When Paul Wentzell parked his company’s Toyota Land Cruiser on a slope at the Wolverine mine site last October, his emergency brake failed.
The vehicle rolled down the hill hitting 20-year-old Wentzell, killing him.
And it was the company’s fault, says the Yukon Workers’ Compensation and Health and Safety Board.
Employer Procon Mining and Tunnelling should have inspected the vehicle to ensure the brakes worked, said the board, which charged the company in territorial court last week.
They should have also ensured Wentzell knew how to properly use the vehicle’s dual braking system.
As an apprentice, Wentzell was supposed to be under the direct supervision of a qualified employee at all times.
But when he died, he wasn’t.
The board nailed Procon with eight separate counts of negligence.
If found guilty, the company could face fines ranging from $150,000 for the first offence and $300,000 for each subsequent offence.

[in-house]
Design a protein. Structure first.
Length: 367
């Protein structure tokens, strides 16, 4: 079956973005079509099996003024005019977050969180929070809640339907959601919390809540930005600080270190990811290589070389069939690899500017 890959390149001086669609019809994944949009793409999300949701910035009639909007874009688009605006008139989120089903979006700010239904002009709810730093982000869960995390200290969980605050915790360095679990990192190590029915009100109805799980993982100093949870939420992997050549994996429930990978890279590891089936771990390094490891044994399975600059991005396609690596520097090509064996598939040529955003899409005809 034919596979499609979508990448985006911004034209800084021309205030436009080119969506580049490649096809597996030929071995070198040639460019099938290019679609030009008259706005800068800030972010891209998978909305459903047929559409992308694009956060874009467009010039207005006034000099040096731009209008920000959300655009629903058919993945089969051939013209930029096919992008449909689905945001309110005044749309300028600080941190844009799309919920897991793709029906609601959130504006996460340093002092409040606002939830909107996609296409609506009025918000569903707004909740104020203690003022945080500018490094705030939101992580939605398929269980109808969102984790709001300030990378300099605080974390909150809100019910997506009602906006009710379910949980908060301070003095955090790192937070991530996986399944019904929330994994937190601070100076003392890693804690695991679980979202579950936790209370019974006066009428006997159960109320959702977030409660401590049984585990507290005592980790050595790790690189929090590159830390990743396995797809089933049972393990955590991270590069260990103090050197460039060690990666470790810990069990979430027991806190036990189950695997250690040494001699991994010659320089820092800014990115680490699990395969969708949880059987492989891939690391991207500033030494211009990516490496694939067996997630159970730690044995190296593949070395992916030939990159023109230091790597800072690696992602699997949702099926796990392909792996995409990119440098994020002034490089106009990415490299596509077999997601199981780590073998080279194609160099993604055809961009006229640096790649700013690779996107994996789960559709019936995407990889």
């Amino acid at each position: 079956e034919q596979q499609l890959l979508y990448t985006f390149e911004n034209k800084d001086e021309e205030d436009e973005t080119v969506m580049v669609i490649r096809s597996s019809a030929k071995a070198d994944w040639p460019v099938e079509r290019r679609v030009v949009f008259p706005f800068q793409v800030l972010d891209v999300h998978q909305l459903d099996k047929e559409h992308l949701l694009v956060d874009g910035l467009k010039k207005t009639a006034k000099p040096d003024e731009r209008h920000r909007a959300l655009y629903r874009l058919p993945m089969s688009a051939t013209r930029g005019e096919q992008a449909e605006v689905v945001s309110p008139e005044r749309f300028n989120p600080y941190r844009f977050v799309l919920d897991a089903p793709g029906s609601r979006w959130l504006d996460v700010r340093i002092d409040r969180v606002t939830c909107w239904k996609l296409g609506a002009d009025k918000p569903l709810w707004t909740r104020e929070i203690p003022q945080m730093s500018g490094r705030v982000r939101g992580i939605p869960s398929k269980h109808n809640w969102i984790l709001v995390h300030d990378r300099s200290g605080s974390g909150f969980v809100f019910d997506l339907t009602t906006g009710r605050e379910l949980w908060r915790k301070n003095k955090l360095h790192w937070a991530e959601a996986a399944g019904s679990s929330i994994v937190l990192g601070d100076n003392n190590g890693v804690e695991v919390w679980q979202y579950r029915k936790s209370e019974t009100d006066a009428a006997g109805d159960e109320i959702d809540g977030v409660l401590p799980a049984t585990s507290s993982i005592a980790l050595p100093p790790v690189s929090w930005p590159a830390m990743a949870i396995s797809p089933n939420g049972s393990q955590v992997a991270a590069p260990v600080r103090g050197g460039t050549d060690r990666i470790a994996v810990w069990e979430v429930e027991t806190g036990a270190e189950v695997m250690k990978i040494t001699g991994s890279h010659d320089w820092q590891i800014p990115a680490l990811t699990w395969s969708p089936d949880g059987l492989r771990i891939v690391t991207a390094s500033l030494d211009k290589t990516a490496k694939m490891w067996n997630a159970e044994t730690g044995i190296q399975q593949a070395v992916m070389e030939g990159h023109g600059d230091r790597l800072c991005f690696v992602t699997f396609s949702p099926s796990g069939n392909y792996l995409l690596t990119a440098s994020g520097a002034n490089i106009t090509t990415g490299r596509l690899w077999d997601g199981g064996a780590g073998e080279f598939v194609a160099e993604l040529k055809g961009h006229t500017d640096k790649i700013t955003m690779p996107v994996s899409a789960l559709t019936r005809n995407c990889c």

It took a year for the board to finally lay charges because it was caught up investigating a second death at Wolverine mine in the winter.
“That ended up taking up a lot of our resources,” said board health and safety director Kurt Dieckmann, explaining the board is now wrapping up a review of 25-year-old William Fisher’s death.
“We had to look at one case through the lense of the other to see if there were cross-over issues.”
But Dieckmann wouldn’t say whether there were common threads linking the tunnel cave-in that killed Fisher to Wentzell’s death.
“I can’t speak to that yet,” he said.
The board has mentioned the possibility of laying criminal charges against Procon following Fisher’s death.
“If we feel the charges are warranted, we’ll make that recommendation to justice,” said Dieckmann.
Following Fisher’s death, all underground operations at Wolverine mine stopped for four months.
Procon is still working at Yukon Zinc’s mine site, which is preparing to start up operations in March.
The mining and tunnelling company also currently has contracts at Alexco’s Bellekeno silver mine and at the Mayo B hydro-station.
Procon’s president didn’t respond to a request for comments before press time.
Contact Vivian Belik at